What do you think?

 

Create your free online surveys with SurveyMonkey , the world’s leading questionnaire tool.

 
 
 
 
We will share the results of this survey–and our opinion–in the near future.

Remembering James Gandolfini

James Gandolfini has just died. The world has lost a great talent. But Tanenbaum, like many others, has lost a great friend. The world knows his acting, remembers Tony Soprano and many other characters where Jim's person merged with his character. At Tanenbaum, we also remember the man who cared that kids learn how to live together – – without hate and without bullying. We remember the man who supported our work combating religious prejudice and who lent his talent to support us.

We join in the sorrow of his friends. We share in the sadness his fans feel. And we extend our heartfelt condolences to his family. May he rest easy.

Joyce S. Dubensky
CEO
Tanenbaum | Center for Interreligious Understanding

Tony Blair on Islam: News Roundup

In the news this week: Tony Blair voices concern about Islam, a Florida courthouse soon to be home of nation's first atheism monument, and other news stories.
 

In a column for the Daily Mail, former British prime minister Tony Blair stated "there is a problem within Islam" and implored officials to acknowledge radical ideology is "profound and dangerous."

The piece regarding the Woolwich terror attack, which resulted in the death of soldier Lee Rigby, also urged governments to "be honest" about the problem radical deology poses.

"There is a problem within Islam – from the adherents of an ideology which is a strain within Islam," he wrote. "We have to put it on the table and be honest about it. Of course there are Christian extremists and Jewish, Buddhist and Hindu ones. But I am afraid this strain is not the province of a few extremists. It has at its heart a view about religion and about the interaction between religion and politics that is not compatible with pluralistic, liberal, open-minded societies."  Huffington Post

After years of fights over religious monuments on public land, a county courthouse in Northern Florida will soon be the home of the nation’s first monument to atheism on public property.

On June 29, the group American Atheists will unveil a 1,500-pound granite bench engraved with secular-themed quotations from Thomas Jefferson, Benjamin Franklin and its founder, Madalyn Murray O’Hair, among others, in front of the Bradford County Courthouse in Starke, Fla.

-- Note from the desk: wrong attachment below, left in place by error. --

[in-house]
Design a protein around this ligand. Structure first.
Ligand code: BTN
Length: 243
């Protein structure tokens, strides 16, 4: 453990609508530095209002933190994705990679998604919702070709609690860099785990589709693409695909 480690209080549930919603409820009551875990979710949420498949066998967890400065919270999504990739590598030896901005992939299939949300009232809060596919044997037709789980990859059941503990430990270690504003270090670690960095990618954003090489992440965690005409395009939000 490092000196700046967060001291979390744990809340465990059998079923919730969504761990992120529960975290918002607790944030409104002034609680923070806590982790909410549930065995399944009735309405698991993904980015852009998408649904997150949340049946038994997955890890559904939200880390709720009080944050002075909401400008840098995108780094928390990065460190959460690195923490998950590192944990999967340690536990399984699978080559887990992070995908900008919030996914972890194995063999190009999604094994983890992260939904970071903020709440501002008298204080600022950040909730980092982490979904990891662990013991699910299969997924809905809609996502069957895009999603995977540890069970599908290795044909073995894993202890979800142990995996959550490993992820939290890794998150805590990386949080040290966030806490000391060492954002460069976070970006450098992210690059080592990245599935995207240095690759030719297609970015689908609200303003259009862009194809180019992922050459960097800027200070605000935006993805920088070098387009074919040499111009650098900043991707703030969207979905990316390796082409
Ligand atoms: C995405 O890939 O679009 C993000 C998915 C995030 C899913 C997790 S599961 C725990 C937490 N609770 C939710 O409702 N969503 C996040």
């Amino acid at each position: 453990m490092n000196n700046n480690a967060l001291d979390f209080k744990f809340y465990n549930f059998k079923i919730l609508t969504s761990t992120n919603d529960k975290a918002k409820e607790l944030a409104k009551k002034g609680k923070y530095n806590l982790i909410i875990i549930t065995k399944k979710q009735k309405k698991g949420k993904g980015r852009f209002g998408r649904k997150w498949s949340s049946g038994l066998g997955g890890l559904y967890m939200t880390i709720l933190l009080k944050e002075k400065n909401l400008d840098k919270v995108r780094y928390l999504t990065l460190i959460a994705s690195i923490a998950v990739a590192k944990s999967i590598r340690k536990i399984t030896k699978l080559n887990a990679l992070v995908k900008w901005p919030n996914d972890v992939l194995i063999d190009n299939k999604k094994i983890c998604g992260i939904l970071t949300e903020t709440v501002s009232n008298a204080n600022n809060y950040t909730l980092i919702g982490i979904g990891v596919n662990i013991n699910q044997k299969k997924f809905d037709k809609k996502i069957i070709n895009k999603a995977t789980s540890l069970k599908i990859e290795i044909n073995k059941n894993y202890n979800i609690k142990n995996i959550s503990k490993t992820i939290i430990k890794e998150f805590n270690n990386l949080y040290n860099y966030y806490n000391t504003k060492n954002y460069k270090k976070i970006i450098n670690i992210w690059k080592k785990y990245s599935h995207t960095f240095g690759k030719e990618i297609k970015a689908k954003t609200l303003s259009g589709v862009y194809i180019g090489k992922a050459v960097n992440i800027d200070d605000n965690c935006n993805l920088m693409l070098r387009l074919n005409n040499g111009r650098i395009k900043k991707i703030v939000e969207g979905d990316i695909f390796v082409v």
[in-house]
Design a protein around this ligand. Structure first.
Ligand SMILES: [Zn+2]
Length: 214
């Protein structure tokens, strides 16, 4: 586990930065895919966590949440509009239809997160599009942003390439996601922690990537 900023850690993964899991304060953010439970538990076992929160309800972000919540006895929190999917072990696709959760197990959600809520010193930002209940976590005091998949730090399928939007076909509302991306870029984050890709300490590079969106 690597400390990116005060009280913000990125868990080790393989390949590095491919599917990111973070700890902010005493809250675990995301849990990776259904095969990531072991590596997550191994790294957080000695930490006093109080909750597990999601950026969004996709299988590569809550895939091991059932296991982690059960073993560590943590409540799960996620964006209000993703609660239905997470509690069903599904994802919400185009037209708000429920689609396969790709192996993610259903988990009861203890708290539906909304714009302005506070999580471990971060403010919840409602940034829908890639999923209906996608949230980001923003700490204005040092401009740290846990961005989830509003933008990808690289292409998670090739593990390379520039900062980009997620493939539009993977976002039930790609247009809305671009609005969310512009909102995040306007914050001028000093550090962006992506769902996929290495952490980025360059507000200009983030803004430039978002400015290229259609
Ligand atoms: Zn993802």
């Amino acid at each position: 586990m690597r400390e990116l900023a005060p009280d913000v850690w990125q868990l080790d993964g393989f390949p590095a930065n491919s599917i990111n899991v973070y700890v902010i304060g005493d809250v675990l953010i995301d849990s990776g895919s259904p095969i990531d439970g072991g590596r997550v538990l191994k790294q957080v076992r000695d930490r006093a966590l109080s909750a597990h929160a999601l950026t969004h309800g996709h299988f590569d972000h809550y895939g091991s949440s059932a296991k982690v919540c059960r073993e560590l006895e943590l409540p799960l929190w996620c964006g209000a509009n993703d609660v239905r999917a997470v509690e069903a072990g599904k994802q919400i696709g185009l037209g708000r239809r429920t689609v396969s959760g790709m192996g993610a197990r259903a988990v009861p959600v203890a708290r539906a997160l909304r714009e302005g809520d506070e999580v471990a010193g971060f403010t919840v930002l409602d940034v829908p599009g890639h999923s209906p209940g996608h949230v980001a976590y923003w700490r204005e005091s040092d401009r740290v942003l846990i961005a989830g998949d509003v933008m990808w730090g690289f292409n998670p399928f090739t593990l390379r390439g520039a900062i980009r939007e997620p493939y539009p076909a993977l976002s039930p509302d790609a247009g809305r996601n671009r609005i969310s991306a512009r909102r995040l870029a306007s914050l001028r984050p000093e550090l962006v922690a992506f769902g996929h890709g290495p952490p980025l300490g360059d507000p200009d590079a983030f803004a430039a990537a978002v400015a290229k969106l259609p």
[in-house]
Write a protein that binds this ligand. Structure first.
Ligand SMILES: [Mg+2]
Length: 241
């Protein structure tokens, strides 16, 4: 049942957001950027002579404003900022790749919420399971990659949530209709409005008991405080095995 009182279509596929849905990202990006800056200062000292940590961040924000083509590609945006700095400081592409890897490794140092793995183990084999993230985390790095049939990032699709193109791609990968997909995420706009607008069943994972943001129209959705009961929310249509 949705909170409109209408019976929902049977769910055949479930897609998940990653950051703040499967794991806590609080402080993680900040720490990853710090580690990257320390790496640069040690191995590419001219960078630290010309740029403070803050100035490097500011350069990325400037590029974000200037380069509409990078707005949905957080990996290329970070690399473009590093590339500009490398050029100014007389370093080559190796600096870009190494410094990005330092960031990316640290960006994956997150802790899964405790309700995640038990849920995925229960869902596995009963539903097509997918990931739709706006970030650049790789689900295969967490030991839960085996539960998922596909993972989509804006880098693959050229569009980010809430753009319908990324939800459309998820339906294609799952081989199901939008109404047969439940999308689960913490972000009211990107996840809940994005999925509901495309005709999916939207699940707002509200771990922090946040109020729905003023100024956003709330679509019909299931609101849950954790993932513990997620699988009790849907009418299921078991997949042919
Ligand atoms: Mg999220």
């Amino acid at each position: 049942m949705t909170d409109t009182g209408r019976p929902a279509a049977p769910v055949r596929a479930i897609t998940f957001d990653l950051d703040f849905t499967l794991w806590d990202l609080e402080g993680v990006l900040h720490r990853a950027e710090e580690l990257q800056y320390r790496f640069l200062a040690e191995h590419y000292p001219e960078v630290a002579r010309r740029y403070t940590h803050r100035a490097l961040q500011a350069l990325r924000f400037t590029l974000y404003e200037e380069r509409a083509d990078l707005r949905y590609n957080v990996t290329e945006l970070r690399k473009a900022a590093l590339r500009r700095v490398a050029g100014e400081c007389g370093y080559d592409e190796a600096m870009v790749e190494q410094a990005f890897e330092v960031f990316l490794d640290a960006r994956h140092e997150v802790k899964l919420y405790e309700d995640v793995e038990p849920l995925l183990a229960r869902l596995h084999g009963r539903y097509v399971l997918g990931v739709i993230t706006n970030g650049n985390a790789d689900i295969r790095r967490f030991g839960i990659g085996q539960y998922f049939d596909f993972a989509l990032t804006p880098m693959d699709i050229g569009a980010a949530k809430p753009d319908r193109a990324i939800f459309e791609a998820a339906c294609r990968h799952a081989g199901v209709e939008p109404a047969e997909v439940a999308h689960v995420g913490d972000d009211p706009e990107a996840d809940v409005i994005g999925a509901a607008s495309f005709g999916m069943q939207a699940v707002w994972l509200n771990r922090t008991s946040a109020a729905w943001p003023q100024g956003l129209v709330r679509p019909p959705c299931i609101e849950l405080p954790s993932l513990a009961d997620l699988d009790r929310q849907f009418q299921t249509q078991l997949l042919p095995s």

The New-Jersey-based group, which has a membership of about 4,000 atheists, humanists and other non-believers, won the right to erect the monument in a settlement reached in March over a six-ton granite display of the Ten Commandments on the same property.  The State

A Texas man who threatened to blow up the Islamic Center of Murfreesboro in Tennessee apologized to the imam and mosque leaders Monday, then pleaded guilty to a federal charge.

"I've been around with all types of people, and have all types of friends," Javier Alan Correa read Monday in federal court in Nashville. "I also understand not all Muslims are terrorists. I was just ignorant at that time, plus I had been drinking alcohol so I wasn't thinking very clearly which is why I made a very poor choice in calling. Sir, after making that phone call I felt really bad and guilty. I really felt awful and I knew what I did was wrong. I'm sorry for that."  USA Today

In the UK, the Fair Admissions Campaign wants to ban state schools in England and Wales from selecting pupils on faith grounds. The new group says religion-based admission policies can fuel segregation and cause "distrust and disharmony".

A spokeswoman for the Catholic Education Service rejected "the unfounded claim that Catholic schools are socially divisive". The group which includes the British Humanist Association (BHA), the Accord Coalition and the Centre for Studies on Inclusive Education warns that a faith-based admissions system can have a damaging effect on communities.

No other public service, such as hospitals, would be allowed to restrict access on religious grounds, say the campaigners, who argue that faith-based selection is "fundamentally wrong".  BBC

Students Have Once in a Lifetime Experience with Peacemaker

Once upon a time, Chencho Alas, one of our Peacemakers in Action, was relatively unknown.  He promoted education and land reform in El Salvador, challenging those in power.  For his efforts, he was kidnapped and beaten.

As a Tanenbaum Peacemaker, Chencho’s story and case study is a part of our Peacemakers in Action book.  That book was picked up by a professor at Emmanuel College, Pamela Couture, and used as a basis for a religious peacebuilding course.

We connected Pamela to Chencho (and other Peacemakers) and now Emmanuel College has a course that travels to El Salvador.  The most recent session of that course just concluded and Pamela has a great blog post about the trip.

An excerpt of what one student shared in the blog post:

With no words to span the experience, the silence was complete unto itself. We then walked back to our beach house, home to us for five days now.

And the new leaf of life had just turned over…

And another: